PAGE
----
The Software You Use for Printing Makes a Difference

by | Digital Photography Tips | 15 comments

In January I shared a comparison of prints from the Canon Selphy and the Epson PictureMate Show. This side-by-side test affirmed my investment in the more expensive Epson printer.

The one flaw of the Epson that I mentioned was that prints seemed a little over-saturated and contrasty. It turns out this was not a true flaw in the printer at all.

Last month I sent a photo to the printer and it came out with horrible red-eye that wasn’t present in the original. I was baffled and started to dig into the settings more.

It turns out the Epson Easy Photo Print software has auto-correct turned on by default and this must be manually turned off for every photo printed. So I did that.

The result was an improvement, but not as much as I would have hoped. On a whim I tried printing from Photoshop. The difference was dramatic! I’m not a printing expert, so I was beyond surprised.

Just to be sure there wasn’t an issue with the photo, I also printed the same photo from my review post. Printing to the Epson directly from Photoshop indeed removed any flaws I had noticed before.

From what I understand, it boils down to there being no color management being done by these consumer-level printers. By printing from Photoshop, the software can control getting a printed result that’s similar to what you see on-screen.

(If anyone really understands this better, please do leave a comment!)

The bottom line is this: If you’re unhappy with your printer, make sure it’s really the printer and not the software you’re using to send photos to it!

Additional Notes:

  • There’s a weird orientation issue that happens when trying to print landscape photos from Lightroom to the Epson.
  • I have no reason to believe this wouldn’t work the same in Photoshop Elements as the print dialog is similar.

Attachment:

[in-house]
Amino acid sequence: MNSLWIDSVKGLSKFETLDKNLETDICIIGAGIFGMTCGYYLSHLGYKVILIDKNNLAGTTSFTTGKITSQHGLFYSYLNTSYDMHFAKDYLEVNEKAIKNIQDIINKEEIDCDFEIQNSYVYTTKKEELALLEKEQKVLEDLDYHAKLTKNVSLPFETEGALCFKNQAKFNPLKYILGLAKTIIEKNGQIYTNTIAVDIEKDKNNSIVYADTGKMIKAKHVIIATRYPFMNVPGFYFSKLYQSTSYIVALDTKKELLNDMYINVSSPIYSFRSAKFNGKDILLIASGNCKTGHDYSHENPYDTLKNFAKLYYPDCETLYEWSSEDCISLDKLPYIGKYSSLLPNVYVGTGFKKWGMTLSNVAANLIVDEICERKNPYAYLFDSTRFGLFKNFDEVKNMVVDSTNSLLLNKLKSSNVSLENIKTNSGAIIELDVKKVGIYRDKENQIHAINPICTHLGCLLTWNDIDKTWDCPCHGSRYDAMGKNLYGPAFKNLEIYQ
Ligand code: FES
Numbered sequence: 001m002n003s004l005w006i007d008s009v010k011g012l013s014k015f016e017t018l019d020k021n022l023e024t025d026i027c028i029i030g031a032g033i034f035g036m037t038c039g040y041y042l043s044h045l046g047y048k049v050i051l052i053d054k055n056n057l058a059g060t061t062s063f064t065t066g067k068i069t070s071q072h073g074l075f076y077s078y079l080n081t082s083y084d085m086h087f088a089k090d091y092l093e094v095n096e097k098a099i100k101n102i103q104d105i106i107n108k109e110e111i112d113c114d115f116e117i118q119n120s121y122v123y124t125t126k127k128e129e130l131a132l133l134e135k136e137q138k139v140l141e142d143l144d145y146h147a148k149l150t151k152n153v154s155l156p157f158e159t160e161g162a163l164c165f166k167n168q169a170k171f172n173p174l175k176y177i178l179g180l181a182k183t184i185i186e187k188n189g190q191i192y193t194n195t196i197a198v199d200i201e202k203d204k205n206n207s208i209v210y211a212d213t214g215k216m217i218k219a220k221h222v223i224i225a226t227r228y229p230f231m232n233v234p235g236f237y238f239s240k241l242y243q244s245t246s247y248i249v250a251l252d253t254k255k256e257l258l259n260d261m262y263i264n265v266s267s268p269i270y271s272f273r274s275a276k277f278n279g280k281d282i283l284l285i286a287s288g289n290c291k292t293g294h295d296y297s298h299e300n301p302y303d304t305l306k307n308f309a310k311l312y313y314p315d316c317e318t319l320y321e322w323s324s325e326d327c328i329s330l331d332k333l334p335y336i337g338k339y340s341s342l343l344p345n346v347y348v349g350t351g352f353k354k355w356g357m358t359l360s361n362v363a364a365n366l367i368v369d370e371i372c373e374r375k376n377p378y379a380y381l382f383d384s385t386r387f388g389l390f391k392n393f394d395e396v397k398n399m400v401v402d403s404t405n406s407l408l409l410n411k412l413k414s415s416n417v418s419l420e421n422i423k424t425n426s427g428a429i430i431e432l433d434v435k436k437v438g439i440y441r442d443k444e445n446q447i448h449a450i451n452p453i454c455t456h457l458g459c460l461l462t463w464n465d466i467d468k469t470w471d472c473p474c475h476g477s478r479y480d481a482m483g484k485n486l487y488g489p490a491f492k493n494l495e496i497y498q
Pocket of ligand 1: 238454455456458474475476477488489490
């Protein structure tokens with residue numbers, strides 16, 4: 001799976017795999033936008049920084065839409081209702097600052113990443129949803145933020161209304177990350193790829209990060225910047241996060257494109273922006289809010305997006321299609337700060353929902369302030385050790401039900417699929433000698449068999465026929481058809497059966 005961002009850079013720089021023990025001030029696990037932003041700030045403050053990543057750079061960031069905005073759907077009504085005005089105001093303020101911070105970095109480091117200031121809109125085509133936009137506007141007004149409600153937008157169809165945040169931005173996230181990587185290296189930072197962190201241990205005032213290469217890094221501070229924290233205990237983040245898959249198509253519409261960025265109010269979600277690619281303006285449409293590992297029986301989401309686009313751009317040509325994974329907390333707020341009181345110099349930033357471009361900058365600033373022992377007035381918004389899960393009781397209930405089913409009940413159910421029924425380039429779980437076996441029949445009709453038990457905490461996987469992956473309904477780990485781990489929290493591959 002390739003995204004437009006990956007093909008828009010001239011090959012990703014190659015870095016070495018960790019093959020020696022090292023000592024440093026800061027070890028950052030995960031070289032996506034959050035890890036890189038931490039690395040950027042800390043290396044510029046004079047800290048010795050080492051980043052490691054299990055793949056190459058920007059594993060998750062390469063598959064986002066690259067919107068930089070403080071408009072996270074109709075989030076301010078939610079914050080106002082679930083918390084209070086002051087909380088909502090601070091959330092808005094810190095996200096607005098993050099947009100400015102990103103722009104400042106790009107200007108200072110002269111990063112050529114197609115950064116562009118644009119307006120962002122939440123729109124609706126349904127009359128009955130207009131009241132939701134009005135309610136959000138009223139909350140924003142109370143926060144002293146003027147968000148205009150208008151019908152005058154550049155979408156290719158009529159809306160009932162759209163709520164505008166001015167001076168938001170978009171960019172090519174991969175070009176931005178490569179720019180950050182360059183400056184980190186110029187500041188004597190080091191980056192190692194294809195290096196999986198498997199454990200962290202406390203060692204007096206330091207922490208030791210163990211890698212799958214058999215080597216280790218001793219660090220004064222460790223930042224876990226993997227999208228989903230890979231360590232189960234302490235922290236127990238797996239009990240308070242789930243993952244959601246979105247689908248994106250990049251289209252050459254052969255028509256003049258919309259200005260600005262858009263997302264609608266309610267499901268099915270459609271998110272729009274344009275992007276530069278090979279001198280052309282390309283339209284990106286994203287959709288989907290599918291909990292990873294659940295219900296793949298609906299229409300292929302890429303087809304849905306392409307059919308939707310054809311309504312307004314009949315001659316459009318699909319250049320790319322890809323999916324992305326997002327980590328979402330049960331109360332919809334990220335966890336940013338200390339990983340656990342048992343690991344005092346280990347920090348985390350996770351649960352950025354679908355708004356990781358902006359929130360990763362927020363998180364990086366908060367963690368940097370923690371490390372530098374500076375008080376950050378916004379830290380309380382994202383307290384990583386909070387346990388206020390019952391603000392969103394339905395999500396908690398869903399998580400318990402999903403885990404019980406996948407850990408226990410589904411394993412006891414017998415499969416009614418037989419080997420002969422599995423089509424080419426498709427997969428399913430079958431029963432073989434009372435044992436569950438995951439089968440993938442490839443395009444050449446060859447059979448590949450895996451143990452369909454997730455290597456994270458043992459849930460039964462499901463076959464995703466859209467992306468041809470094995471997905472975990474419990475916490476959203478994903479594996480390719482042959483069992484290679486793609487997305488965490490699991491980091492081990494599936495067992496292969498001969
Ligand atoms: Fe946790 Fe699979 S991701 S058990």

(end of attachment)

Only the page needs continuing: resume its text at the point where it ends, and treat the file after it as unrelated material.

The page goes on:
• I also tested how the Selphy printed from Photoshop but the results were similar. Images were washed out, with a yellow cast.

Printing at home can be prone to frustration, which is why I often outsource the job. However, it turns out that small tweaks can make a dramatic impact on the end result.

What software do you use with your home photo printer?

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  1. Terri Torrez

    I fought with my printer last year on similar issues. What I discovered us that if you’re using Photoshop to manage colors, you need to select a color profile that is appropriate for your printer and paper. Theses settings are not always clear or readily available. It took me a lot of searching and then trial and error but I now have profiles for my Canon for glossy, semi gloss and matte photo paper. Though when printing from Lightroom I don’t get this level of options so there’s less control. Mostly LR does a decent job but I have to particularly be careful printing a batch of photos from the two different programs or they won’t match. I print all my photos at home so for me this is a big issue and not one I’m totally satisfied with yet. There’s also the issue of calibrating your monitor but that’s such a pain I haven’t done it yet.